Whoever said that the overall mass of the universe requires temporal linearity? Just because we naturally travel one way through time does not mean that the universe itself does. It could very well be that, despite someone traveling back or forward through time, in the big scheme of things the mass of the universe remains constant. Take a box of ping pong balls. One end is "the future." The other end is "the past." Move one ball from the future to the past, or vice-versa, and does the number of balls change? Nope.

God_in_an_Alcove

GROUP: Members

POSTS: 4538

Report this Nov. 23 2009, 2:59 pm

Quote (trekbuff @ Nov. 23 2009, 11:50 am)
Quote (God_in_an_Alcove @ Nov. 23 2009, 2:41 pm)
Quote (rocketscientist @ Nov. 23 2009, 9:51 am)
Quote (trekbuff @ Nov. 23 2009, 12:43 pm)
Quote (rocketscientist @ Nov. 23 2009, 12:24 pm)
I think it's a given in time travel that conservation of mass, momentum, and energy on a universal scale all can be violated.

Prove it...

I'm sorry. I couldn't resist temptation. I'm weak. The devil made me do it....

;)

:laugh: I can't prove it! ?

It's just that it's obviously violated every time there's time travel if you look at the entire universe as an isolated system. ?I mean, you have a mass that wasn't there showing up, so mass is added to a universe, along with energy and momentum. ?

That's the best I can do!
:laugh:

Whoever said that the overall mass of the universe requires temporal linearity? Just because we naturally travel one way through time does not mean that the universe itself does. It could very well be that, despite someone traveling back or forward through time, in the big scheme of things the mass of the universe remains constant. Take a box of ping pong balls. One end is "the future." The other end is "the past." Move one ball from the future to the past, or vice-versa, and does the number of balls change? Nope.

Doesn't work that way...

Take your full box of ping pong balls. It sits there for two days. Take one of the ping pong balls and go back in time one day and try to fit that ping pong ball in that box...

Thus is the volume in the singular universe - the box...

I believe that's what Chronic and spacetherapist were getting at.

You obviously didn't get the metaphor...

God_in_an_Alcove

GROUP: Members

POSTS: 4538

Report this Nov. 23 2009, 3:47 pm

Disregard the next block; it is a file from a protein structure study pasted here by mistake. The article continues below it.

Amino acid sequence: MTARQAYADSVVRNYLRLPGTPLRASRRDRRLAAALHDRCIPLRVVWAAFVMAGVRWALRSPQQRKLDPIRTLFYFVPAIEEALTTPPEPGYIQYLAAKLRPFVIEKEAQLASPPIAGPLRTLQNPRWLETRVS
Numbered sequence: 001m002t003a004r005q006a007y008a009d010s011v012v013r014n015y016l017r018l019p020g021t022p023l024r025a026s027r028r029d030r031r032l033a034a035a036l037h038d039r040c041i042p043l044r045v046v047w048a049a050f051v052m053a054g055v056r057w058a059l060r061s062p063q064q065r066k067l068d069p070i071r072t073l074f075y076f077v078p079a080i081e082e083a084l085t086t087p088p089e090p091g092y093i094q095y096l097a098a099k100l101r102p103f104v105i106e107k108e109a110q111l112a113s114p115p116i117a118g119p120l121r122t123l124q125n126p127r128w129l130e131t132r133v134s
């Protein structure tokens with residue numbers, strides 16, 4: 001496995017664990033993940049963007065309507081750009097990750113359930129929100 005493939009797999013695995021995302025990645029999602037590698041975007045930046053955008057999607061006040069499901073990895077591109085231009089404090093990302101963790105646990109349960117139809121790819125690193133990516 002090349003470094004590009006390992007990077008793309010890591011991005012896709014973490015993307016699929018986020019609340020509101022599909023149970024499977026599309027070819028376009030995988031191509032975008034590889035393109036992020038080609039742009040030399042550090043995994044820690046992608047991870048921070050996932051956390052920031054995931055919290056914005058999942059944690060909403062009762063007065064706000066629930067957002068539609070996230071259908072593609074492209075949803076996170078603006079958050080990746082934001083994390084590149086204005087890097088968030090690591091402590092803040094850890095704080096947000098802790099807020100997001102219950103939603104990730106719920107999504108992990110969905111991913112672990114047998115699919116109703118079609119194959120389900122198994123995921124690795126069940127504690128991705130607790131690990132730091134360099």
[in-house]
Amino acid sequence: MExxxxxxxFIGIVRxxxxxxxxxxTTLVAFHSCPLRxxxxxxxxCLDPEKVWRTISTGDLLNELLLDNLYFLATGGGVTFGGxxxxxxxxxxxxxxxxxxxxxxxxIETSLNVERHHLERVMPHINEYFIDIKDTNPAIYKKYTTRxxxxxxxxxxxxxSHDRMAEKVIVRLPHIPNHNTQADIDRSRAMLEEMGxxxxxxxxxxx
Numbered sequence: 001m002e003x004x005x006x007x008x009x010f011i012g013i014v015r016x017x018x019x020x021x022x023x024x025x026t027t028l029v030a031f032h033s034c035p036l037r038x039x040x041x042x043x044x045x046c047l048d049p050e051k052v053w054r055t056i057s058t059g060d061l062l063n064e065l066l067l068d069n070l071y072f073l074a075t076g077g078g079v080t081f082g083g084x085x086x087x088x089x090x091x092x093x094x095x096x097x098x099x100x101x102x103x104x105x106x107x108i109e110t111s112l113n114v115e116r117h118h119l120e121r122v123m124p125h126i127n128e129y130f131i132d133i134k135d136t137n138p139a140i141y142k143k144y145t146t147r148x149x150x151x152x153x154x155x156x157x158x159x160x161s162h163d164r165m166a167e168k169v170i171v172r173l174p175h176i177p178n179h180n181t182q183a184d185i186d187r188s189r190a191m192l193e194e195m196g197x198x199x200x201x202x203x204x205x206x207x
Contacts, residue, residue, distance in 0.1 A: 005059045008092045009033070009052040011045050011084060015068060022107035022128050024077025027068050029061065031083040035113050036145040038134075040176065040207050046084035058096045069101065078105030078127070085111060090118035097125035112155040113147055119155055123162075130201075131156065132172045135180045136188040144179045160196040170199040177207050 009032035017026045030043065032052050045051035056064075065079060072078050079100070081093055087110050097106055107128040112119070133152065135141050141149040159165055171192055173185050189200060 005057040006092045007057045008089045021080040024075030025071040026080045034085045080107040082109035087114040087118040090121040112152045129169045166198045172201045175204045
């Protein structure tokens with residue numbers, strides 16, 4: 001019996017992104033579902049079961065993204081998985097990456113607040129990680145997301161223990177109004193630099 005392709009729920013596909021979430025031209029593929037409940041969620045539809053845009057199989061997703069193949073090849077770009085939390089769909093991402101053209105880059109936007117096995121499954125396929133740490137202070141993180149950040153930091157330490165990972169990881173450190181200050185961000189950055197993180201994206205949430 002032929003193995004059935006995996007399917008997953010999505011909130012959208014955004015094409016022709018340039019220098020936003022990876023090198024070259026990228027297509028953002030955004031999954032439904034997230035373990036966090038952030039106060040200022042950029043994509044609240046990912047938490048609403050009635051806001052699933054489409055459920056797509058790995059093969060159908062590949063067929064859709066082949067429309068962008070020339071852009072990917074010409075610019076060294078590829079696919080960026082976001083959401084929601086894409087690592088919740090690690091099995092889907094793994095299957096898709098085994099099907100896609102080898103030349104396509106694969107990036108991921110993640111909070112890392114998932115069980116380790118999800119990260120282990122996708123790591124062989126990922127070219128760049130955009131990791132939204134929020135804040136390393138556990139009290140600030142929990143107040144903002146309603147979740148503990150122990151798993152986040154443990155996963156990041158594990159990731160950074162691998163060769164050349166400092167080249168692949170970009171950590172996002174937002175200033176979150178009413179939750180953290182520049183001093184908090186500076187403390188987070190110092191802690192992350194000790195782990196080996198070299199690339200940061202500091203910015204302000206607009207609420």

Quote (trekbuff @ Nov. 23 2009, 12:18 pm)
Quote (God_in_an_Alcove @ Nov. 23 2009, 2:59 pm)
Quote (trekbuff @ Nov. 23 2009, 11:50 am)
Quote (God_in_an_Alcove @ Nov. 23 2009, 2:41 pm)
Quote (rocketscientist @ Nov. 23 2009, 9:51 am)
Quote (trekbuff @ Nov. 23 2009, 12:43 pm)
Quote (rocketscientist @ Nov. 23 2009, 12:24 pm)
I think it's a given in time travel that conservation of mass, momentum, and energy on a universal scale all can be violated.

Prove it...

I'm sorry. I couldn't resist temptation. I'm weak. The devil made me do it....

;)

:laugh: I can't prove it! ?

It's just that it's obviously violated every time there's time travel if you look at the entire universe as an isolated system. ?I mean, you have a mass that wasn't there showing up, so mass is added to a universe, along with energy and momentum. ?

That's the best I can do!
:laugh:

Whoever said that the overall mass of the universe requires temporal linearity? Just because we naturally travel one way through time does not mean that the universe itself does. It could very well be that, despite someone traveling back or forward through time, in the big scheme of things the mass of the universe remains constant. Take a box of ping pong balls. One end is "the future." The other end is "the past." Move one ball from the future to the past, or vice-versa, and does the number of balls change? Nope.

Doesn't work that way...

Take your full box of ping pong balls. It sits there for two days. Take one of the ping pong balls and go back in time one day and try to fit that ping pong ball in that box...

Thus is the volume in the singular universe - the box...

I believe that's what Chronic and spacetherapist were getting at.

You obviously didn't get the metaphor...

Sure I did. At each point in time, the universe has a set mass - the ping pong balls filling the box.

Your metaphor is non sequitur in comparing the set mass of the universe having mass from another time added to it to moving ping pong balls in a box at one point in time.

The mass from the future does not move another mass to another place in the universe.

If that's what you got out of it, then, no. You did not get the metaphor.